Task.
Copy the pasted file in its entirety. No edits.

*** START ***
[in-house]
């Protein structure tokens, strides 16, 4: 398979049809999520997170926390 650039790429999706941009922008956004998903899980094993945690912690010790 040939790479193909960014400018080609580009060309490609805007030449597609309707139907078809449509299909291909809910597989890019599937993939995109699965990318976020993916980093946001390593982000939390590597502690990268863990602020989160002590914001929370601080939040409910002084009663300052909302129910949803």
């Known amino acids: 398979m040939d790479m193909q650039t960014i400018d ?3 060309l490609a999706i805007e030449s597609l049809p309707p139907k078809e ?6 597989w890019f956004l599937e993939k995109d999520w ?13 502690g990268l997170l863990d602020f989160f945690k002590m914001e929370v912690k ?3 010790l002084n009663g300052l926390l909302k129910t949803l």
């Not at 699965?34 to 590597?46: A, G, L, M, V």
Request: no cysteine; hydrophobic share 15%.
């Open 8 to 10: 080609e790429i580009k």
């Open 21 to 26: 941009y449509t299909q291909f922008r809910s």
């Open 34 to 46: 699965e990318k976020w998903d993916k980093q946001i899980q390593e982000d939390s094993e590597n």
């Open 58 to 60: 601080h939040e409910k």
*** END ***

[in-house]
């Protein structure tokens, strides 16, 4: 398979049809999520997170926390 650039790429999706941009922008956004998903899980094993945690912690010790 040939790479193909960014400018080609580009060309490609805007030449597609309707139907078809449509299909291909809910597989890019599937993939995109699965990318976020993916980093946001390593982000939390590597502690990268863990602020989160002590914001929370601080939040409910002084009663300052909302129910949803």
């Known amino acids: 398979m040939d790479m193909q650039t960014i400018d ?3 060309l490609a999706i805007e030449s597609l049809p309707p139907k078809e ?6 597989w890019f956004l599937e993939k995109d999520w ?13 502690g990268l997170l863990d602020f989160f945690k002590m914001e929370v912690k ?3 010790l002084n009663g300052l926390l909302k129910t949803l």
């Not at 699965?34 to 590597?46: A, G, L, M, V």
Request: no cysteine; hydrophobic share 15%.
């Open 8 to 10: 080609e790429i580009k």
């Open 21 to 26: 941009y449509t299909q291909f922008r809910s």
């Open 34 to 46: 699965e990318k976020w998903d993916k980093q946001i899980q390593e982000d939390s094993e590597n």
């Open 58 to 60: 601080h939040e409910k």